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Antioxidants give potatoes a market edge

Overall lutein content may provide incentive for premium

March 4, 2008  By Peter Mitham

Alberta research scientist believes overall lutein content could provide incentive for price premium

Dr. Michele Konschuh


When carb-conscious eaters shied away from potatoes during the popularity of the Atkins diet, researchers at the Alberta Agriculture research station in Brooks, Alta., began looking for reasons to eat the humble spud.


Sure, potatoes may be loaded with carbohydrates, but they’re also packed with vitamins and some even boast antioxidants, a group of compounds that have boosted the fortunes of blueberries, dark chocolate and red wine.

One of the most promising of the antioxidants in potatoes, in the eyes of Dr. Michele Konschuh, a research scientist with Alberta Agriculture, Food and Rural Development, is lutein.

Known to help slow the onset of age-related macular degeneration, a disease that strikes one in three Canadians over the age of 55 and 40 per cent of those aged 75 and older, lutein acts like sunglasses on the inside of the eye. Just three to six milligrams of lutein a day can help prevent the damage that leads to the clouding of the eyes that characterizes the disease.

The average multivitamin delivers 600 micrograms of lutein a pop, while the results of a six-year study released by National Eye Institute researchers in September 2007 identified leafy greens such as broccoli, collard greens and kale as good sources of lutein.

Since the advantages of lutein are well documented, and yellow-fleshed varieties of potatoes were known to be high in antioxidants including lutein (whose name comes from the Latin word for “yellow”), Dr. Konschuh wanted to determine if the levels were high enough to support any particular claims for potatoes.

“We’re not really trying to compete with leafy green vegetables,” Dr. Konschuh told growers at the annual conference of the British Columbia Potato and Vegetable Growers’ Association, held last November.

Dr. Konschuh’s work began in 2004.

Seed companies suggested varieties for use in the study based on market potential in Alberta. A selection of five fresh market varieties and five processing varieties were chosen, including Agata, Cecile, Innovator, Island Sunshine, Piccolo, Sante, Satina, Sinora, Victoria and Yukon Gold.

Tubers of each of the varieties were grown at three sites in 2005 and tested for lutein stability and availability. The variety Agria took the place of Sante in a 2006 trial.

The running average across varieties after cooking was a yield of 60 micrograms of lutein per 100 grams of fresh weight, though Agria checked in with upwards of 86 micrograms. Satina was most consistent in delivering a high level of lutein in trials.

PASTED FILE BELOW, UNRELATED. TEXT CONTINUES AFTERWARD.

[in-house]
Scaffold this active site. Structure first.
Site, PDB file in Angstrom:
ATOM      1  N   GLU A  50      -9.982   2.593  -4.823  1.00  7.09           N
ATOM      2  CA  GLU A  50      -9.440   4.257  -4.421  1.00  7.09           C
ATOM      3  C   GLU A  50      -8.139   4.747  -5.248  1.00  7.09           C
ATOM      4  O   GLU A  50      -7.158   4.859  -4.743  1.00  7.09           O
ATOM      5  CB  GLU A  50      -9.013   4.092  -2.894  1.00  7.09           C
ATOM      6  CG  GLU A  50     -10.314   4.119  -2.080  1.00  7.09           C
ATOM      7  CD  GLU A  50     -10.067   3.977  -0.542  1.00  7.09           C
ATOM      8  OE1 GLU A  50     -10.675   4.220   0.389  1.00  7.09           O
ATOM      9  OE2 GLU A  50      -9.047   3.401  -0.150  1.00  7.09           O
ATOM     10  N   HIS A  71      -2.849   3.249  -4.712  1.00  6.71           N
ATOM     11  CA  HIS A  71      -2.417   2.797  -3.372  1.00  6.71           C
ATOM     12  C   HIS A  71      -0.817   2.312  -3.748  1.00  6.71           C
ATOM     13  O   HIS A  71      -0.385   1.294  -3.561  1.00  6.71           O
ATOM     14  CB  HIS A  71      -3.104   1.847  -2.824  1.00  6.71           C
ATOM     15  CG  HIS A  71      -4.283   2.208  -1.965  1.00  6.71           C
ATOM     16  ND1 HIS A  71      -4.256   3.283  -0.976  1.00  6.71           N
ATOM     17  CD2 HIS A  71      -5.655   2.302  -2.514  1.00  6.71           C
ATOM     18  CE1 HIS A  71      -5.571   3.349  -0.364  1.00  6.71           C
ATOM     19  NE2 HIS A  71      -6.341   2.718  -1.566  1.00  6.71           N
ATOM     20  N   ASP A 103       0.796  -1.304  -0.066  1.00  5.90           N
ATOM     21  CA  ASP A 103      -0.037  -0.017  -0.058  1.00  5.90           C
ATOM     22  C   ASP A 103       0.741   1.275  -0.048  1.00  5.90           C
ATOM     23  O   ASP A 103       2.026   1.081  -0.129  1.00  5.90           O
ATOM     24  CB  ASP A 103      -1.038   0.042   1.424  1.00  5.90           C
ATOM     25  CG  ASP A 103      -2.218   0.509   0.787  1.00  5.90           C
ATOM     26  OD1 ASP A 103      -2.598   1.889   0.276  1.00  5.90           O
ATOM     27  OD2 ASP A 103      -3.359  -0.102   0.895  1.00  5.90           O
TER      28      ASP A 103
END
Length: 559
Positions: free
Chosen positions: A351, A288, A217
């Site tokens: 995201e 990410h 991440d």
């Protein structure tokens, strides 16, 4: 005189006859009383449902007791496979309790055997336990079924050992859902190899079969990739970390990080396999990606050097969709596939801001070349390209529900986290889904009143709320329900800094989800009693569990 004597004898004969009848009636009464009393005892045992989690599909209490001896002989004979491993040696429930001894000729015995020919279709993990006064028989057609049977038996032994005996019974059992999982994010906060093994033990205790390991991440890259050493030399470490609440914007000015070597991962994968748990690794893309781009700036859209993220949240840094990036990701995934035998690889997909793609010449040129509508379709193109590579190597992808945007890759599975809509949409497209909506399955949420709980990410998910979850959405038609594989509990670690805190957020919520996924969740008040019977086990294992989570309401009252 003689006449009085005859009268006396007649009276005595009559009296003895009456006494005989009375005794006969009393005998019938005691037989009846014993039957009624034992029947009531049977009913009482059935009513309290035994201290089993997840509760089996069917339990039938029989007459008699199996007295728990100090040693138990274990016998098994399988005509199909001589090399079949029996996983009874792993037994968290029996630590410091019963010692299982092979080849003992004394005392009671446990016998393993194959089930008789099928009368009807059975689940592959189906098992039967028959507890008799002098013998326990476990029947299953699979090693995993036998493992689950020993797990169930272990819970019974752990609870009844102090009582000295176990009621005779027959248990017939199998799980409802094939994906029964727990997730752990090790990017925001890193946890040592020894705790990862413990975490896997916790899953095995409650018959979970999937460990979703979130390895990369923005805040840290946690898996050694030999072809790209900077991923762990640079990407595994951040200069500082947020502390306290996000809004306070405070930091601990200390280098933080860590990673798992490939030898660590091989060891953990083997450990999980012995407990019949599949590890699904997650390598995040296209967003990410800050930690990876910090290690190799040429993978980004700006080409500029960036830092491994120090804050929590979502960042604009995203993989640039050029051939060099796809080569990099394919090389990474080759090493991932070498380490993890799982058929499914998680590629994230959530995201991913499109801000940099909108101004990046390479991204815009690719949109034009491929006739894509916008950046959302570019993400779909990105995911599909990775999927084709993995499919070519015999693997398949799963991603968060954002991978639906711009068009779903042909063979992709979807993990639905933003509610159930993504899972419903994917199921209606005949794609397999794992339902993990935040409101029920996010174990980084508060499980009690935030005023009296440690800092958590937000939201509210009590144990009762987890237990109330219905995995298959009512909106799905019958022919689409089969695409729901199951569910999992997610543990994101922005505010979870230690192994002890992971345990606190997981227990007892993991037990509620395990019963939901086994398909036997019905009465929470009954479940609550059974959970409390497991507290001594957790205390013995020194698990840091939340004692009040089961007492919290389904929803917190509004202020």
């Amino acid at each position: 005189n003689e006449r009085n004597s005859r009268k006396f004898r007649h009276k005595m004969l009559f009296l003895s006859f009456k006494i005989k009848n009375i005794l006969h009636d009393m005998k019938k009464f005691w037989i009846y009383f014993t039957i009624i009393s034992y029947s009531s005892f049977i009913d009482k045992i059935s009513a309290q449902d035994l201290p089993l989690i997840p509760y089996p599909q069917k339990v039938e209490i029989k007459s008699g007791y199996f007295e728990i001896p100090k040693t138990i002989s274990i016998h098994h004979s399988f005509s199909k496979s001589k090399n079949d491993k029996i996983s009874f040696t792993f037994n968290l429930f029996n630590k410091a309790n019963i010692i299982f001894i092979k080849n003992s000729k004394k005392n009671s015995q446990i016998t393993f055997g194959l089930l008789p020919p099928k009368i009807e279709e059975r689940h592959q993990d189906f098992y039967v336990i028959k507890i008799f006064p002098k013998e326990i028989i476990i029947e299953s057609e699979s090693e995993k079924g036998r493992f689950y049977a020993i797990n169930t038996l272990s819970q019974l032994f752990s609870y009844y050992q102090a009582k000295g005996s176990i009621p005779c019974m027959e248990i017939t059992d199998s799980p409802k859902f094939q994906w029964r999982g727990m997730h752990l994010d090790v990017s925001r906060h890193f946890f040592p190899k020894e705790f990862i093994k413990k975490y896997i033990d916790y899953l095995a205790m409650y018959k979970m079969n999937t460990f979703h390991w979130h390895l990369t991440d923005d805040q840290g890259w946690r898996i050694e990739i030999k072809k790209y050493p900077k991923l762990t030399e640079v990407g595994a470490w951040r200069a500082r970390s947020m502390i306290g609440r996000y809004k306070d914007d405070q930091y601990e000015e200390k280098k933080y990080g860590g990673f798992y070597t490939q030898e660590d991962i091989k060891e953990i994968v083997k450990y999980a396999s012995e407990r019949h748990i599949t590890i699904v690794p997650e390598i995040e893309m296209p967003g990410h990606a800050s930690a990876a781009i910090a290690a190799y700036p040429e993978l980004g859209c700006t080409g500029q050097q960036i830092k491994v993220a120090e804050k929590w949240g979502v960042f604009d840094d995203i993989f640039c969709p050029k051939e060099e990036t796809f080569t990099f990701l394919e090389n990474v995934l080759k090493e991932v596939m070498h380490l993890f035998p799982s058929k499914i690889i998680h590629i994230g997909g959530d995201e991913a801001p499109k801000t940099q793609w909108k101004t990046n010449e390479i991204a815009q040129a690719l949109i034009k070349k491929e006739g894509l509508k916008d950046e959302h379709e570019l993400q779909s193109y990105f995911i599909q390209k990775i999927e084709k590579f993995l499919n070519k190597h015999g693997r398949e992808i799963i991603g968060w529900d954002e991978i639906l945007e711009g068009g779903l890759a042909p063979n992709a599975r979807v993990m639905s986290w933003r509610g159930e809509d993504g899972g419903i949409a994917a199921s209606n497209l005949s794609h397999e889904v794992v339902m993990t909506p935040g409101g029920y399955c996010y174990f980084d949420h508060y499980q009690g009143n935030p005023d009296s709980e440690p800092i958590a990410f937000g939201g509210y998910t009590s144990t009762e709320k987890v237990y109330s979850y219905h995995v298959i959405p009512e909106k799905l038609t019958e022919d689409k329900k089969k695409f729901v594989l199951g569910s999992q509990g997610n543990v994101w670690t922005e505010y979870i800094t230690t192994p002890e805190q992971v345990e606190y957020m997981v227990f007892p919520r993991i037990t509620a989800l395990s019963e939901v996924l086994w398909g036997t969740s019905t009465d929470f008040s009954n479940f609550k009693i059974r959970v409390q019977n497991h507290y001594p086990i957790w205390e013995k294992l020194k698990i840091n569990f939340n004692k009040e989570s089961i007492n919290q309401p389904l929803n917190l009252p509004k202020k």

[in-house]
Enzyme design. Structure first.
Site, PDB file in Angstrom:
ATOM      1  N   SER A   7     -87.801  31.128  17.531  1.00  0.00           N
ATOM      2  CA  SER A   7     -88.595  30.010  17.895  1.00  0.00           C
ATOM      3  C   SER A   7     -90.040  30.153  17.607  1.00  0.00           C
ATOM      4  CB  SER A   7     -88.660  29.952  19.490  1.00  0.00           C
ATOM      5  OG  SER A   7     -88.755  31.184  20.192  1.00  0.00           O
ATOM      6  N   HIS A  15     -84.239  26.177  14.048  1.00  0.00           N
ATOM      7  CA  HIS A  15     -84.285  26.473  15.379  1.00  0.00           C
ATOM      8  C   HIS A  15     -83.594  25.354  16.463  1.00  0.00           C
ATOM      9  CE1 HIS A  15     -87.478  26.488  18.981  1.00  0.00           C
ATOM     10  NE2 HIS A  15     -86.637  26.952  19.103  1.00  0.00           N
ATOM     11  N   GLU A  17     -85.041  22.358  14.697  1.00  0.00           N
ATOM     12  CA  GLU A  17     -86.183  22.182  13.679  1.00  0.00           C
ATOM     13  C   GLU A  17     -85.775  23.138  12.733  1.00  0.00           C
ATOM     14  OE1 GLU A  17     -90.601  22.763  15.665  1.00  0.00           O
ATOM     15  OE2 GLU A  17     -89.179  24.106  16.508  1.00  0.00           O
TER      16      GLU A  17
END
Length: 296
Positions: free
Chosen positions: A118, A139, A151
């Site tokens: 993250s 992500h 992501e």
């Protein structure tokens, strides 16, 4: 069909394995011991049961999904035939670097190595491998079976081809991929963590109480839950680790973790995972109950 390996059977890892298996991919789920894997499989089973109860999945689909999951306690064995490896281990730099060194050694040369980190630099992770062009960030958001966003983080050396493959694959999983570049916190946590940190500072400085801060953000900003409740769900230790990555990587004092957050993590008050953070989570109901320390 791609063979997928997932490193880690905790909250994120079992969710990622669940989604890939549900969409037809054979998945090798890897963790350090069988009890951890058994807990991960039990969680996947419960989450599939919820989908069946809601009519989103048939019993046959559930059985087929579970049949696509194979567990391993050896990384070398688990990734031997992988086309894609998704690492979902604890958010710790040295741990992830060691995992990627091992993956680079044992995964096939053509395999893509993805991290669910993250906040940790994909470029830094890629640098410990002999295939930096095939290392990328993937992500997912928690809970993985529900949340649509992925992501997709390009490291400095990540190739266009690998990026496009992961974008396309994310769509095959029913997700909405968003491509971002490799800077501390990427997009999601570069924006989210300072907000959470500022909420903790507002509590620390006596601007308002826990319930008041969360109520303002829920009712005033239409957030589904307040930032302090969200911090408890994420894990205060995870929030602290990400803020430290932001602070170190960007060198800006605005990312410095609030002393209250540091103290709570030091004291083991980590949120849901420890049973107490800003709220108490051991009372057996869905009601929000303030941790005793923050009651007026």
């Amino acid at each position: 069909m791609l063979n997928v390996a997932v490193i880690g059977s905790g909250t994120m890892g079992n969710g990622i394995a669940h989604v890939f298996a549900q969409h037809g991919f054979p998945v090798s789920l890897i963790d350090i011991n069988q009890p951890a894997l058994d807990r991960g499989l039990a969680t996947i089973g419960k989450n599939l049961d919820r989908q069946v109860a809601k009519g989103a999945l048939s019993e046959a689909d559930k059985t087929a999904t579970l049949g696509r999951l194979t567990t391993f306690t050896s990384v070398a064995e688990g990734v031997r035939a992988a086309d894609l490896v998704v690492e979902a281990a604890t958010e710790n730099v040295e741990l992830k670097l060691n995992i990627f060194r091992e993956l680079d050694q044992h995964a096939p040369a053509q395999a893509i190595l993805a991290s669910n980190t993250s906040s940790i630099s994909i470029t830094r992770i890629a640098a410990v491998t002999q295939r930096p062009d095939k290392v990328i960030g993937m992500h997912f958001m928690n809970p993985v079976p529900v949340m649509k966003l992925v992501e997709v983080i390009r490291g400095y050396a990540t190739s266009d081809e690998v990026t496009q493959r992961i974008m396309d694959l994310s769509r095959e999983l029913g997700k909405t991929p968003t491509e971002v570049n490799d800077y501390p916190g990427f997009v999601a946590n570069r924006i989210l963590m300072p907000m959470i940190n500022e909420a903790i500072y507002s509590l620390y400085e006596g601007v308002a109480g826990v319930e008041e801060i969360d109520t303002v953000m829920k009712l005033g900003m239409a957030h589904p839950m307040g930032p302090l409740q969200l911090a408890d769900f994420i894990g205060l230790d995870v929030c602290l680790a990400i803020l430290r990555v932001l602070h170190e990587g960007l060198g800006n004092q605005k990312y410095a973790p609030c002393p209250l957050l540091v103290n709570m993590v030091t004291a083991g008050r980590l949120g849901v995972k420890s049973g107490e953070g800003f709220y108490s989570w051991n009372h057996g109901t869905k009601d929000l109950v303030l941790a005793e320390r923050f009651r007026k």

Based on an average serving size estimated at 175 grams, it was determined that a helping of potatoes could contribute a significant portion of the daily allowance of lutein.

Better, it appeared that with some varieties, cooking boosted lutein measurements, suggesting that it became more available after cooking.

“You’re not losing all the lutein by processing potatoes,” Dr. Konschuh said.

And, since the body absorbs lutein better with fat, Dr. Konschuh told growers mashed potatoes with butter (in moderation, of course) can actually be good for those looking for a dose of lutein.

The results were sufficient to support a claim of “contains lutein” on packaging.

The next step, in 2006, was to determine approximate lutein content for labelling purposes.

“Lutein concentration is definitely variety dependent,” Dr. Konschuh found.

The second year of research found that potatoes with flesh of a deeper yellow may have greater lutein content, as may smaller tubers or those that have experienced stress while growing.

Discussing the concentration of lutein in the potatoes with marketing consultants, Dr. Konschuh’s team was told the levels of lutein were sufficient to distinguish potatoes on the market. Rather than having to compete on price alone, the potatoes offered something significant enough to consumers that they might be willing to pay a premium for it.

“We realized we may not have to compete on price point,” Dr. Konschuh said.

While the initial trials are over, Dr. Konschuh said future directions for research could include testing new
varieties for lutein content as well as developing agronomic information that will help growers produce lutein-rich
potatoes on an informed, commercial basis.

But the participation of industry will be vital to these endeavours, because the research will only be of importance if the industry is willing to tout the benefits of lutein as a marketing point, creating a market for the vegetables.
“Anything further that we do on this really has to be led by industry,” Dr. Konschuh said.

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